A meat grinder, a lever and a moving stage; anything that requires some type of mechanical engineering is the domain of our technicians. Oscar Andreasson and Rusiyan Ivanov have each worked as a maintenance technician in the Stage Machinery Maintenance department of Dutch National Opera & Ballet (DNO&B) for a year. I met up with them to ask them about their work behind the scenes.
Working with machinery was not new to either Oscar or Rusiyan when they joined DNO&B. Oscar: ‘I used to work in shipbuilding, an entirely different kind of field. I find my work here much more interesting. There are so many projects that there’s something new to do or discover all the time. I’m really happy to work in the cultural sector.’ Rusiyan also enjoys his job a lot: ‘Before this, I worked as a machine technician in Bulgaria. Here, we build set pieces and stage props. People tend to underestimate what it takes to put together a production. It’s mind-boggling how much work goes into the end result. That was fascinating to me. When I came to the Netherlands two years ago, I knew I wanted to work at a theatre. The work’s great, even better than I expected!’
Creativity and innovation
There are about 11 people in the Stage Machinery Maintenance department who work on the moving parts of DNO&B’s opera and ballet sets. Rusiyan: ‘We have different talents on our team. Some of the team have more affinity with technology, while we’re better at building machines.’ This diversity makes for a strong team. They can handle all kinds of different projects thanks to their versatility. Rusiyan: ‘What I really like about the job is that we have to be creative and innovative. We make things that have never been built before. The trap door in the stage, for instance, that’s used to move props and performers on and off the stage. We came up with an entirely new design.’ All projects the technicians work on, including their self-designed pieces, are documented. Each prop or set piece is subjected to a risk assessment and its technical specifications are recorded. This helps other technicians understand the machinery and repair it if it is broken.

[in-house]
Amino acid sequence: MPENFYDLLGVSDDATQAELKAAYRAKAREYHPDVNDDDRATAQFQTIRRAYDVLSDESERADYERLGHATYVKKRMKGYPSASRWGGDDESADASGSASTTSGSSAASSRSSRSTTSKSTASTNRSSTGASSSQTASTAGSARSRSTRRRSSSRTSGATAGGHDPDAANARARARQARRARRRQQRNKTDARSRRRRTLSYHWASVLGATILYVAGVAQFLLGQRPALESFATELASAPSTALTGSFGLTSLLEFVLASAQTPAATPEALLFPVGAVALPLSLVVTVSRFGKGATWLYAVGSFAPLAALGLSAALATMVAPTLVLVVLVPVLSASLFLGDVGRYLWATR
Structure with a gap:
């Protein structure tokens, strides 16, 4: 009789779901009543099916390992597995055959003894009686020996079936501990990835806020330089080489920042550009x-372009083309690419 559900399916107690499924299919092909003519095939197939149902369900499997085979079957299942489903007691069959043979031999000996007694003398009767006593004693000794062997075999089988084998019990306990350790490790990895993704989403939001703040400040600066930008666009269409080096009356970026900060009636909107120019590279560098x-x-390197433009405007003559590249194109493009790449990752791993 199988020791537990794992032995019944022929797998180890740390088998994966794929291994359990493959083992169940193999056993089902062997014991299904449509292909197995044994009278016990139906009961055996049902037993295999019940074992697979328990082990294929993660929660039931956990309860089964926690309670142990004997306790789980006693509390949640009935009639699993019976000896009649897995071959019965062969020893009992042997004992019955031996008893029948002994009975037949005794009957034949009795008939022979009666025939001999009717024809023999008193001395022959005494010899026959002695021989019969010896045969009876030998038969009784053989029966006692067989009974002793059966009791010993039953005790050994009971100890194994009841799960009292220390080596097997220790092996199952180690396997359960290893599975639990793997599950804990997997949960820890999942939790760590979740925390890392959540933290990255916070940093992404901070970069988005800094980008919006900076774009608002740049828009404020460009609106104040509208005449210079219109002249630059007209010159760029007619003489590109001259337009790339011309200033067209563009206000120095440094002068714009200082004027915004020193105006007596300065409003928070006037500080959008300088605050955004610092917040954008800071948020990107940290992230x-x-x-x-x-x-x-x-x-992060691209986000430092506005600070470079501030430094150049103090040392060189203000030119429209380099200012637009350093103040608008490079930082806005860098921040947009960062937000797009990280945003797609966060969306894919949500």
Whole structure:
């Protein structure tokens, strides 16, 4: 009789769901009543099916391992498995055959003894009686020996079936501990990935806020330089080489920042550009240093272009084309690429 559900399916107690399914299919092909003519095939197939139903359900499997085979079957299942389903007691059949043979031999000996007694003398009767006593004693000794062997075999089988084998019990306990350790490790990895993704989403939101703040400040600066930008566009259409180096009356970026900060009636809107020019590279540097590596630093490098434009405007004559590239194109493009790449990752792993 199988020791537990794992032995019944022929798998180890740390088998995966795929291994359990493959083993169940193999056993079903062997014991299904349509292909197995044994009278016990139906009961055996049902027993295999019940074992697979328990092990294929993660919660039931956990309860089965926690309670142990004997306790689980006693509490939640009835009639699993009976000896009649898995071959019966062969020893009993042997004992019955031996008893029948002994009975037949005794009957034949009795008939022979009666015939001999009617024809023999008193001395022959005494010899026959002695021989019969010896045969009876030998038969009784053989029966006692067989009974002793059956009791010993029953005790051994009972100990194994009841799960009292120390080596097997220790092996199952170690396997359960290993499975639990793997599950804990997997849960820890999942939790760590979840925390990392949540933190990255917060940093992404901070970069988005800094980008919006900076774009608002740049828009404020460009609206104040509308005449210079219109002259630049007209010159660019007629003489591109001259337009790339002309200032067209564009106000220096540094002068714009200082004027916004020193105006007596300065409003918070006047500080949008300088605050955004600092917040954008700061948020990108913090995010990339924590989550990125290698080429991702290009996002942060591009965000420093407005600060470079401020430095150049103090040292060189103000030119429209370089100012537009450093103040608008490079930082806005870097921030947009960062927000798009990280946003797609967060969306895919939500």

The process of building a set piece or stage prop starts with a meeting. A production’s artistic team will pitch a detailed idea to the design team, which will share and discuss it with the technicians who, for their part, will sit down to explore how to execute the idea in a workable manner. They will take their plan back to the design team. If they have made major changes to the original idea, the teams will try to work out a compromise. Rusiyan: ‘It’s very important to be clear and speak plainly in these meetings. A piece of machinery needs to be safe for use, but you don’t want to stand in the way of the creativity of the artistic team. We do everything we can to make their dreams a reality.’
Safety was definitely a challenge for the technicians when they were building set pieces for the opera Animal Farm. Oscar: ‘There’s a meat grinder on the stage. That can pose a risk: what if someone were to accidentally get their hand or their sleeve caught in the grinder during a performance?’ Rusiyan: ‘We had to draw a line: the meat grinder was a go, but the option to turn it on remotely via a computer was disabled, so that the performers wouldn’t be surprised by it suddenly springing into action while on stage. It also had to have a stop button. We compromise a lot in our work, but never on safety.’
To avoid risks as much as possible, the technicians consider every possible outcome. They constantly keep asking themselves, what if? Oscar: ‘In the building process, everyone’s expected to observe the agreed safety regulations. Artistic teams occasionally try to bend the rules a little to realise their vision. We’ll stop them if safety becomes a concern. It may sound like a great idea to have someone float above the stage, or to use a revolving table or a working meat grinder as a prop, but it has to be safe for the dancers and singers.’
Besides building new set pieces and stage props, Oscar and Rusiyan also repair machinery. There are two possible scenarios. First, machines can break. Oscar: ‘If a machine breaks down, we need to get to the bottom of why it stopped working. If it happened to one machine, it could happen to others as well.’ Second, machines require maintenance. Rusiyan: ‘We do preventive maintenance to keep the equipment up and running. This takes up most of our time. Every machine has a time limit on parts. It needs testing or new parts every so often. We test our machinery and replace parts every year. If a cable is meant to lift 1 tonne, we test it by lifting 1.5 tonnes, even if our calculations say it can handle up to 10 tonnes. That’s how we make sure it’s in good working order and safe. The show must go on, but in a safe way. That’s our motto and we stand by it, always.’
Text: Meren Rutten